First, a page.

I can now start putting together the equations to model the behaviour of the bear object. The bear has 4 parameters: horizontal and vertical displacement sx and sy and horizontal and vertical velocity vx and vy. At regular intervals (say 50 times per second) the forces on the bear are calculated and this affects the velocity parameters. The velocity parameters are then used to update the displacement parameters. Once the new displacement parameters are known, collisions can be detected. I’ll come back to collisions.

First lets look at the forces on the bear. When in the air there are two forces affecting the bear: gravity and air resistance. Gravity always acts only on the vertical component and has a constant effect of magnitude g (gravitational acceleration). Air resistance acts proportionally to the velocity of the bear in the direction opposite of the velocity. We can easily split this into a vertical and a horizontal component.

This gives us our two equations:

vxn+1 = a * vxn

vyn+1 = b * (vyn – g)

where a is the horizontal aerodynamic parameter, b is the vertical aerodynamic parameter and g is the gravitational parameter. (a and b can be the same or can be different to give slightly more adjustable physics)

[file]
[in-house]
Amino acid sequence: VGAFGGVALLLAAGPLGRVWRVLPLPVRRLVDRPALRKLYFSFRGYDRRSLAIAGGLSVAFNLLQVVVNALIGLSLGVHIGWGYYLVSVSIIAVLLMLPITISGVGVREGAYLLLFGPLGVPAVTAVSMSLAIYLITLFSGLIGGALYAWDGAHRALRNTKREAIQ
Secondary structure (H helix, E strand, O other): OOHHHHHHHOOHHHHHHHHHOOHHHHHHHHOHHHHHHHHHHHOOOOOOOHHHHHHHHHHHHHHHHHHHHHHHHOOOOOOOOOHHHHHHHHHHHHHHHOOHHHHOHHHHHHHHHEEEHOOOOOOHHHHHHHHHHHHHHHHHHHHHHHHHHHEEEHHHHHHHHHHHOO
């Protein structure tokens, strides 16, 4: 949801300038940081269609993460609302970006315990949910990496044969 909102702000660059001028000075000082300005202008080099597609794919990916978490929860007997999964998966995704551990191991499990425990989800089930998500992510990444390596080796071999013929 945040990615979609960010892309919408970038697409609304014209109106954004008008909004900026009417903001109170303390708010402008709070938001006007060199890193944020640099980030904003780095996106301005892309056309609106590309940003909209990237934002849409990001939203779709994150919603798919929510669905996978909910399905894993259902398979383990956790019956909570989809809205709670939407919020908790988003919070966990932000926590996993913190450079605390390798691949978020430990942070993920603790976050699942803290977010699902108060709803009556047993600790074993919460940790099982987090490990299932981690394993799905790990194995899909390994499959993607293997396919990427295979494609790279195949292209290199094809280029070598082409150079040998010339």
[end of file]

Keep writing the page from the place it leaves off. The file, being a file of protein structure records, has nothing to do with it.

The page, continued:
When on a platform there is a further force from the player controlled acceleration/deceleration. We also need to consider the effects of slippery surfaces. The amount of friction between the bear and the surface limits the force in the direction of the surface of the platform.

We can model this as a velocity in the direction of the surface of the platform.

vsn+1 = c * (vsn – g * sin(θ) + d * cos(θ) + e)

where c is platform aerodynamic parameter and d is the friction parameter and e is the player controlled acceleration parameter.

Finally we have a force from jumping, since a jump is instantaneous we simply add an amount of velocity depending on how long the jump control has been pressed for. The jump is always normal to the surface of the platform.

It’s very difficult to give exact numbers for each of the parameters. The parameters give the game it’s feel. We can give more or less gravity, make the bear faster or slower, make the bear more or less responsive and the platforms more slippery. To get a feel for where the game feels right requires some testing.